Another good reason to head for the sunshine: to fight off depression. Some of us get seasonal affective disorder (S.A.D ) in winter when it gets dark and dreary. I miss the sun. I miss the beach! I enjoy the cool weather, but it's hard to fight the winter blues. To top it off, I've had some bad news lately. A friend of mine has had a recurrence of her breast cancer, and it just breaks my heart. I'm also a little afraid -- what happens when mine comes back (not if, but when). Two other friends have had major surgeries, and although I'm worried for them, I think they will pull through. Finally, I've had a close companion and confidante leave me recently. I'm surprised at how much I miss him. It's hard to count your blessings at times like this.
Then I remember: I have wonderful friends. How can I be sad when I have friends like this? Check it out! that's Catherine and her daughter Christa looking fabulous.
Recently one of my male friends gave me some guidance and advice about continuing to learn and sharpen my senses. He encouraged me to plan for my own future (who else will if I don't?), just like I do all day long for my customers at work. It took a week or so to sink in, but I've come to realize it's time for me to really focus on myself and figure out what I want to do next. For me.
I have never in my life felt so alone. It is always tough being alone during the holidays. But though I am alone, I feel strong and ready.
This morning I found one of my favorite passages from the Bible: Ephesians 6:10-17:
Finally, be strong in the Lord and in his mighty power. Put on the full armor of God so that you can take your stand against the devil's schemes. For our struggle is not against flesh and blood, but against the rulers, against the authorities, against the powers of this dark world and against the spiritual forces of evil in the heavenly realms. Therefore put on the full armor of God, so that when the day of evil comes, you may be able to stand your ground, and after you have done everything, to stand. Stand firm then, with the belt of truth buckled around your waist, with the breastplate of righteousness in place, and with your feet fitted with the readiness that comes from the gospel of peace. In addition to all this, take up the shield of faith, with which you can extinguish all the flaming arrows of the evil one. Take the helmet of salvation and the sword of the Spirit, which is the word of God.Isn't that vivid? The "belt of truth buckled around your waist" and the "breastplate of righteousness"! Even in different translations of the Bible, this language is never tamed down.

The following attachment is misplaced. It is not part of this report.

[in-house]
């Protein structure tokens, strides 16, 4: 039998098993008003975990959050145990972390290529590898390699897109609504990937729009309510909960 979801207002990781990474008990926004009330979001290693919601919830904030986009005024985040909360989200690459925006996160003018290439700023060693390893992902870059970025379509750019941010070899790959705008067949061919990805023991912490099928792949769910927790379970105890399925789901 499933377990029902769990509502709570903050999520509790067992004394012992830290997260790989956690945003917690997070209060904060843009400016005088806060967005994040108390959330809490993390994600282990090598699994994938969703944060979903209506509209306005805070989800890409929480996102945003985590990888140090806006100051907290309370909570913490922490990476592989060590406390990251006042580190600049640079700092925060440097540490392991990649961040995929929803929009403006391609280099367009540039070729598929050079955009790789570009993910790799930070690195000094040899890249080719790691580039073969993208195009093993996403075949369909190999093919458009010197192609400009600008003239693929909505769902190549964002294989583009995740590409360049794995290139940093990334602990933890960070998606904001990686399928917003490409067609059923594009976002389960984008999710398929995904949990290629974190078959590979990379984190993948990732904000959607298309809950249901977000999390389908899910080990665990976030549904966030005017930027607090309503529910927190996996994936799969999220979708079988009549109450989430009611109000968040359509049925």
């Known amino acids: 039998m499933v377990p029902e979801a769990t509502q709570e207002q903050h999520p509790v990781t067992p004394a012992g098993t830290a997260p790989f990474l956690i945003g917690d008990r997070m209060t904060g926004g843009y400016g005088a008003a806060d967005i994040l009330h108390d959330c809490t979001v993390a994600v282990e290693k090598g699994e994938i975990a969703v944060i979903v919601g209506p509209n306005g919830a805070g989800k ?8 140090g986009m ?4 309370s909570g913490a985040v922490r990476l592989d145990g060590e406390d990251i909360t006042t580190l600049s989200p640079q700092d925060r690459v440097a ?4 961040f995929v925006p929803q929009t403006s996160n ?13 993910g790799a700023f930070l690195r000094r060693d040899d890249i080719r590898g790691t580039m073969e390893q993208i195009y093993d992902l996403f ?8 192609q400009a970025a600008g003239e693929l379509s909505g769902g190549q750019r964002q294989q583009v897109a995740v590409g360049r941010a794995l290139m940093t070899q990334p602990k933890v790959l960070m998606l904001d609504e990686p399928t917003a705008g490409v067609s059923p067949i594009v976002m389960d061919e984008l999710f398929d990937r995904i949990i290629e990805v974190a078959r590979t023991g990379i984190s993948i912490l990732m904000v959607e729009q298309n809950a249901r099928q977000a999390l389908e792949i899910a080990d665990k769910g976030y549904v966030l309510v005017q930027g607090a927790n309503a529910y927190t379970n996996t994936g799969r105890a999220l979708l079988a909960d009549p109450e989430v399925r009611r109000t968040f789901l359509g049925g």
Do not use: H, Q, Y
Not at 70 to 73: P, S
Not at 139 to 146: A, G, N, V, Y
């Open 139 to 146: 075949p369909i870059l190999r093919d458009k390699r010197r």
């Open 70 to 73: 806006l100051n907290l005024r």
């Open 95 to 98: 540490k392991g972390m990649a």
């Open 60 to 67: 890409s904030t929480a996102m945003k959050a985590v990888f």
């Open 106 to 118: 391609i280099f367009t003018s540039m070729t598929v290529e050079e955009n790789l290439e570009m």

Many doctors advise that patients use mental imagery to fight cancer or imagine the cancer leaving the body. This passage reminds me, as I wait for the doctor, that my hospital gown is cinched with the belt of truth and underneath I'm wearing the breastplate of righteousness. I'm invincible.
What's next? I will have surgery again in January to take another layer of tissue near the tumor site. I will have these huge implants removed, and new ones put in. It will take me a few weeks to heal again. I hope to remain in good shape during this time and not let my training lapse. I'm training for a short race (the Susan G. Komen in June) as part of a training plan to improve my fitness and reduce my likelihood of recurrence. My chance of recurrence is 25%. (That seems pretty high for all I've been through, but I had what they call a "stubborn" tumor. I'm on tamoxiphen now, every day for two years, followed by an aromatase inhibitor. I'll have MRIs every so often to check for recurrence.
All of these surgeries, treatments, medications, and my training regimen serve to strengthen my armor. They just have to. I don't think I can go through another year like 2007.
Smile, everybody, and go soak up the sun.